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  • irishtimes.com - Posted: September 30, 2013 @ 9:08 am

    The revolution in Irish newspaper research

    John Grenham

    For a long time, the advice to anyone who wanted to use newspapers for genealogical research was simple: don’t. Without a historically prominent ancestor, the likelihood of finding something useful was infinitesimal, but the investment of time was huge. Inevitably, whether you look at Faulkner’s Dublin Journal for 1740 or The Evening Press of 1940, you just end up reading the paper. Very enjoyable, but not the most productive use of research time.

    Digitisation completely changed that balance. If you can trawl 100 years of papers in five seconds, why not? An example: The Irish Times of January 5th, 1880, has a report of a court case in Ballinasloe at the height of the Land War. There, listed among the 27 small tenants charged with riot for assaulting a bailiff in the course of an attempted eviction, is my great-grandfather and what looks like his entire extended family. I had no idea there was anything like this in our past. It emerged only because the paper was now digitally searchable.

    The Irish Times was first online, with issues dating back to 1859, provided by subscription to the public but free to libraries and schools. Two other sites now exist, irishnewsarchive.com and FindMyPast.ie. The former started life as an outsourced, online archive for The Irish Independent (including its provincial titles and predecessor, The Freeman’s Journal) but now contains more, including The Irish Press from 1931 to 1995. FindMyPast gets its newspapers from britishnewspaperarchives.co.uk, which is digitising the entire British Library pre-1900 copyright collection of newspapers. So far, it includes six Irish publications, all mainly 19th-century, including such rare gems as The Sligo Champion and The Cork Examiner. The collection will grow and will eventually become absolutely essential.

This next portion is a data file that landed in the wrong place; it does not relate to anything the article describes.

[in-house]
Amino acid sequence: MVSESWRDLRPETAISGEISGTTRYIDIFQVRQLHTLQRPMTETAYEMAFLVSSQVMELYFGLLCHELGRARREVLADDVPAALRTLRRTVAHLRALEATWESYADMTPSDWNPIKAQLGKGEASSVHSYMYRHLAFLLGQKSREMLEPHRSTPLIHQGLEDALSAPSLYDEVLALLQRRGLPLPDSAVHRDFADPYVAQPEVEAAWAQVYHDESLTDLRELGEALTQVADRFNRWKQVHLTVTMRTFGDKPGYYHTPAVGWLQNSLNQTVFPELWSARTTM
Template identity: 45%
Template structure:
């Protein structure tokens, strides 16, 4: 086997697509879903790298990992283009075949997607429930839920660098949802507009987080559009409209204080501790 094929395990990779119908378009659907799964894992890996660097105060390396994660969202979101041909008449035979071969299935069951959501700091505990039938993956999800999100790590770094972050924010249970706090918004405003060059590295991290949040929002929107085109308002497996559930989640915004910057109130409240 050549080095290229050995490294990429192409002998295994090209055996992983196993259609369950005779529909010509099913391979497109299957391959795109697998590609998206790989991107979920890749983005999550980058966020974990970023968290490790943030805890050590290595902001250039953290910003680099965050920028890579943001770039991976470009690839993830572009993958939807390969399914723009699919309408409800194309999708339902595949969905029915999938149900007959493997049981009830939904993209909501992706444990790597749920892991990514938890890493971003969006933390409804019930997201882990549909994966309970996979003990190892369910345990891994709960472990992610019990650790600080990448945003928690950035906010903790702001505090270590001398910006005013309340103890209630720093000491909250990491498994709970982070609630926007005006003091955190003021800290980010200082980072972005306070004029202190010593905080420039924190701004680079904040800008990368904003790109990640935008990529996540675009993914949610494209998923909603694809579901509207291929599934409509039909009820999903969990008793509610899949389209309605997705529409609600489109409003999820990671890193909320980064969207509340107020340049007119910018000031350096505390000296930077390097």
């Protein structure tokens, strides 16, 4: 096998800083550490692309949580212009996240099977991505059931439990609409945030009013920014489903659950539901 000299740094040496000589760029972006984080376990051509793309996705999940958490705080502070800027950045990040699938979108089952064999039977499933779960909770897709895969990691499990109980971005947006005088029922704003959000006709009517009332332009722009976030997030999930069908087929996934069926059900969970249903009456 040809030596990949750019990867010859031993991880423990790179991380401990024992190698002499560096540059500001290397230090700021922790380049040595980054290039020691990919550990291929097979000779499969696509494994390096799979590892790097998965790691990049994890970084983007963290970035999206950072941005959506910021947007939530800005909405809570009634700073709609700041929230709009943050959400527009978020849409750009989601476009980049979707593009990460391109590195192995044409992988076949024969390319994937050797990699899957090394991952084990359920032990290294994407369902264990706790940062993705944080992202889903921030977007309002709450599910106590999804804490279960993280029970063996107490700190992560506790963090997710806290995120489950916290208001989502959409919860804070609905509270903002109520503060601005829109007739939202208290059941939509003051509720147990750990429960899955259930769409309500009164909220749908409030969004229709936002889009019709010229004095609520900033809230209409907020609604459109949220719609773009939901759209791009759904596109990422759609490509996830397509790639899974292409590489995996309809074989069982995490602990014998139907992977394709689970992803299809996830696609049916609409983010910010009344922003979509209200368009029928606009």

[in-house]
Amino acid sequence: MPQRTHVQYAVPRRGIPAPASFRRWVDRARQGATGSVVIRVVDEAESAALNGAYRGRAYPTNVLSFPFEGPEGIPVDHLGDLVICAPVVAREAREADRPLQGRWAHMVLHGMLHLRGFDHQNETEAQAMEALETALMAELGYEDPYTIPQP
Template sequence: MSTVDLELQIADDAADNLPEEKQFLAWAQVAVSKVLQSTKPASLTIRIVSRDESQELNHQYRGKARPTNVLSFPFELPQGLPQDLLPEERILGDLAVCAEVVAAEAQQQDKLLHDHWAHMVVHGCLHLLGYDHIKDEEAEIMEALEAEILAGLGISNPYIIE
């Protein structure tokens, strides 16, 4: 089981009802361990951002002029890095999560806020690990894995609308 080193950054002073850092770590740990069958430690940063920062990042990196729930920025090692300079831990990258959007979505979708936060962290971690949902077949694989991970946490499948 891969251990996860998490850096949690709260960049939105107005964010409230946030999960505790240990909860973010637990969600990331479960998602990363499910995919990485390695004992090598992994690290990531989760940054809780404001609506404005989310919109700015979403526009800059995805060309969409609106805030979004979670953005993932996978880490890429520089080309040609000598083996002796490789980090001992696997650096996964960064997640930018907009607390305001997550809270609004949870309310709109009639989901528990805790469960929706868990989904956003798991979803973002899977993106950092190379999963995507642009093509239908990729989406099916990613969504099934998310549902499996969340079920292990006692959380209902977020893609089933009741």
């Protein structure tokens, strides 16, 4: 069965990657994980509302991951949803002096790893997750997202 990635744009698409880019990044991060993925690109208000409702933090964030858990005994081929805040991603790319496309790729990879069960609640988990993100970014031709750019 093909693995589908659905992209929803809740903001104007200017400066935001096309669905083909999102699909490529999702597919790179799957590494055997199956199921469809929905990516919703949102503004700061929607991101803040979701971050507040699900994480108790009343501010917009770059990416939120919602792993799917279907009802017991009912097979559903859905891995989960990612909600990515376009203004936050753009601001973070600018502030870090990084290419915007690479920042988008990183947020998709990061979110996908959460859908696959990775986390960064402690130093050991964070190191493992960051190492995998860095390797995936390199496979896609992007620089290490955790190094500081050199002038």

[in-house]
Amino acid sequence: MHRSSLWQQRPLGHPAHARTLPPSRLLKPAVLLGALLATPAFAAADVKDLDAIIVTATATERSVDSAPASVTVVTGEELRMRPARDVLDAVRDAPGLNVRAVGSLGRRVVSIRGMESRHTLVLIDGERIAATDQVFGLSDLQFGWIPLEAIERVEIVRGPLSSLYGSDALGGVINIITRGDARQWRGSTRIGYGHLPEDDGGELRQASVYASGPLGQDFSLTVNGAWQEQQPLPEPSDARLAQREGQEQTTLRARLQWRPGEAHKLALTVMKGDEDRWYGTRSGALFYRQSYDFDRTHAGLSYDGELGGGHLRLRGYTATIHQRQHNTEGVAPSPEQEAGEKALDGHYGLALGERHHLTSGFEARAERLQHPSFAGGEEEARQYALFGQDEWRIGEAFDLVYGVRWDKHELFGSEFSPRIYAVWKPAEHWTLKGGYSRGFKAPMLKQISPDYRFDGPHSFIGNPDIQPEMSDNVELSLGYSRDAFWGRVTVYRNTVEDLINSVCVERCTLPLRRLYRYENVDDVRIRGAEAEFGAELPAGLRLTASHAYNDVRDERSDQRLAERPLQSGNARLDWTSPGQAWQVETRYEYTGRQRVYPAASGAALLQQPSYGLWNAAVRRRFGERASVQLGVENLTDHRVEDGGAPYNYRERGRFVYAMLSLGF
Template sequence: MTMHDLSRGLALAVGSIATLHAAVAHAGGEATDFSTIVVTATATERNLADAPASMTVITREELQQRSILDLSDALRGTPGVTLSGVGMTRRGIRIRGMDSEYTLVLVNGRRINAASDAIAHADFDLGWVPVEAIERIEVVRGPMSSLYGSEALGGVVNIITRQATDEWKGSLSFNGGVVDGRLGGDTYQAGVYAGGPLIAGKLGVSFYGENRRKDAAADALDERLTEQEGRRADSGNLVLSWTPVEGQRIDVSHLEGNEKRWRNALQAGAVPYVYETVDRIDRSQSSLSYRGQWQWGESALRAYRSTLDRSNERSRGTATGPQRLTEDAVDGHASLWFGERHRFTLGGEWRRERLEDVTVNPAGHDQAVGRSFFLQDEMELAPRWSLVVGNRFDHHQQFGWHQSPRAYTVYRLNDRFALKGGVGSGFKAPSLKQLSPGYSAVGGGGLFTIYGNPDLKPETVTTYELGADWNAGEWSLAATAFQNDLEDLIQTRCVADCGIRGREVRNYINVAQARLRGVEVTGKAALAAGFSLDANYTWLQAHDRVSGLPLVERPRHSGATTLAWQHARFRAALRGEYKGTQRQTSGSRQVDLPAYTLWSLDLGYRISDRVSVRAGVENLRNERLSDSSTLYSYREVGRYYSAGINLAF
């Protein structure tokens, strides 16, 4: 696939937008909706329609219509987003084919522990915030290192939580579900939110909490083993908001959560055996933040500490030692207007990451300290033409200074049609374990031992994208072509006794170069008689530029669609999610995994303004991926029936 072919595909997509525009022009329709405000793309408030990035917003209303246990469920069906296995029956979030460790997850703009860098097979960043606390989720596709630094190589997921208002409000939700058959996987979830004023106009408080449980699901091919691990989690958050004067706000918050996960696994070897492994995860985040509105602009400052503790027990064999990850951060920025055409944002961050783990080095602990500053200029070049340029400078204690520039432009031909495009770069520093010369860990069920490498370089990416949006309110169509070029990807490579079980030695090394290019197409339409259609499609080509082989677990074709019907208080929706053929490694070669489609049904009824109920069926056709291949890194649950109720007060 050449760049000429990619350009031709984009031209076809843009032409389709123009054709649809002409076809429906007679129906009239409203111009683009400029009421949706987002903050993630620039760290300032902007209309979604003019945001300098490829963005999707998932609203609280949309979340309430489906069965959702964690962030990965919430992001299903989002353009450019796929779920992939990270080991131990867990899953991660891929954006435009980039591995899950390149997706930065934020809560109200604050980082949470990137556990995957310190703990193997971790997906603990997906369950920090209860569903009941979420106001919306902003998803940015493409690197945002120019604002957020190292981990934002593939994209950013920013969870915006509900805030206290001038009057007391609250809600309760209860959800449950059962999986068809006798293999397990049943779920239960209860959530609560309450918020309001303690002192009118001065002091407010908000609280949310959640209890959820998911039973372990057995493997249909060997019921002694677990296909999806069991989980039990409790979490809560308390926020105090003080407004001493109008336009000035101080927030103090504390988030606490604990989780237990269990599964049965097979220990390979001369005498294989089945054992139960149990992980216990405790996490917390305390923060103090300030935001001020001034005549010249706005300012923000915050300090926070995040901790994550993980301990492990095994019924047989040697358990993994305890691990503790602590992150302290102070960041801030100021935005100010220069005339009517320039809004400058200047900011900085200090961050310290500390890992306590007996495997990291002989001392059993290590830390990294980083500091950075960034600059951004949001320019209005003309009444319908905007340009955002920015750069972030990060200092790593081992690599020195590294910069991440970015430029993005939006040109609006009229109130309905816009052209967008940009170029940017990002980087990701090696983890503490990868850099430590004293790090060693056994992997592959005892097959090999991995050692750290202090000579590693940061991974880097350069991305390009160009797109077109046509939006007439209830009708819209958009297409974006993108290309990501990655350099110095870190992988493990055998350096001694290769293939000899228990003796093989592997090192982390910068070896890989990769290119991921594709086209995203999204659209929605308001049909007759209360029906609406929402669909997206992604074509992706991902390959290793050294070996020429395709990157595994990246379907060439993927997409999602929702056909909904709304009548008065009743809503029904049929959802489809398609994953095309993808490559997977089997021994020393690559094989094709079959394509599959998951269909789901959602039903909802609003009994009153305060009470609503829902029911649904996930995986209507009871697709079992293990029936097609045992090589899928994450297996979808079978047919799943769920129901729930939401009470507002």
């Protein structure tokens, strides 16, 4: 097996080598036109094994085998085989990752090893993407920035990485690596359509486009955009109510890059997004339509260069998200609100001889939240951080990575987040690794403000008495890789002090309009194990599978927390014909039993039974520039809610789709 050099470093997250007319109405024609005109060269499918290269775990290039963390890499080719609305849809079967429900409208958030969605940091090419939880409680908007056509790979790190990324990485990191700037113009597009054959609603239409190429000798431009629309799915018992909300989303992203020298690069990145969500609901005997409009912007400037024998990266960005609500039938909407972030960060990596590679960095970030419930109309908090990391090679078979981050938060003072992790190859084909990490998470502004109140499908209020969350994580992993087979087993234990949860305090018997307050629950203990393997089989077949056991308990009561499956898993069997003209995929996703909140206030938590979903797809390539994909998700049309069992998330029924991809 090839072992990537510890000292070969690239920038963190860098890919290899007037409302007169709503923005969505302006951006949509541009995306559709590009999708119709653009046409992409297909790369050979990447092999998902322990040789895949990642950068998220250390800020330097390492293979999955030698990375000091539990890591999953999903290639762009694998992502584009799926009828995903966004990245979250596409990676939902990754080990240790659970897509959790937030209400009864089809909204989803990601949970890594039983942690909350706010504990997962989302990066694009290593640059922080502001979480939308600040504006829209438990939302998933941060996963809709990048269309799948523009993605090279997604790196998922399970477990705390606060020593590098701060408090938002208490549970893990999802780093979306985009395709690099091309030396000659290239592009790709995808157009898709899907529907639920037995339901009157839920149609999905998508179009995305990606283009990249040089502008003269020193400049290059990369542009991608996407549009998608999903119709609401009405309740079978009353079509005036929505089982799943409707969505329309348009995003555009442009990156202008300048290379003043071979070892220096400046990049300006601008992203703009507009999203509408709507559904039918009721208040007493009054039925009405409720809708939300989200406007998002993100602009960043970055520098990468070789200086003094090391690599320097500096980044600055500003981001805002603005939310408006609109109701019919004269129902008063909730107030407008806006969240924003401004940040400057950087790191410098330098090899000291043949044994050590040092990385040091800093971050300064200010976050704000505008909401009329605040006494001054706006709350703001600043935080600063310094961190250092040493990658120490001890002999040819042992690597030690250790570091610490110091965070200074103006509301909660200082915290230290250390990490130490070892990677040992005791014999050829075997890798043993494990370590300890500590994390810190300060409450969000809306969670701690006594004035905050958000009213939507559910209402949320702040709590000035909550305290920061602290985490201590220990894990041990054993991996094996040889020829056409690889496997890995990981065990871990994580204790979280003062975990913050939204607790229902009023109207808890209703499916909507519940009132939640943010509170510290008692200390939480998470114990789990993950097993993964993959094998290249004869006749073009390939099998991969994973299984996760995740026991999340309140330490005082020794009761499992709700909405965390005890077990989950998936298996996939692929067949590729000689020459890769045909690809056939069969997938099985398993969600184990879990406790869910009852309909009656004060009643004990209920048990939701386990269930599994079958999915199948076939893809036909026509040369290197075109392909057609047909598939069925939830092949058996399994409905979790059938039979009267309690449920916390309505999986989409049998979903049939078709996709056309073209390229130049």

None of the sites is perfect. Industrial-strength optical character recognition still sometimes spews out appalling gibberish. Still, better to trawl the entire ocean using a flawed net than to have to search it a spoonful at a time.


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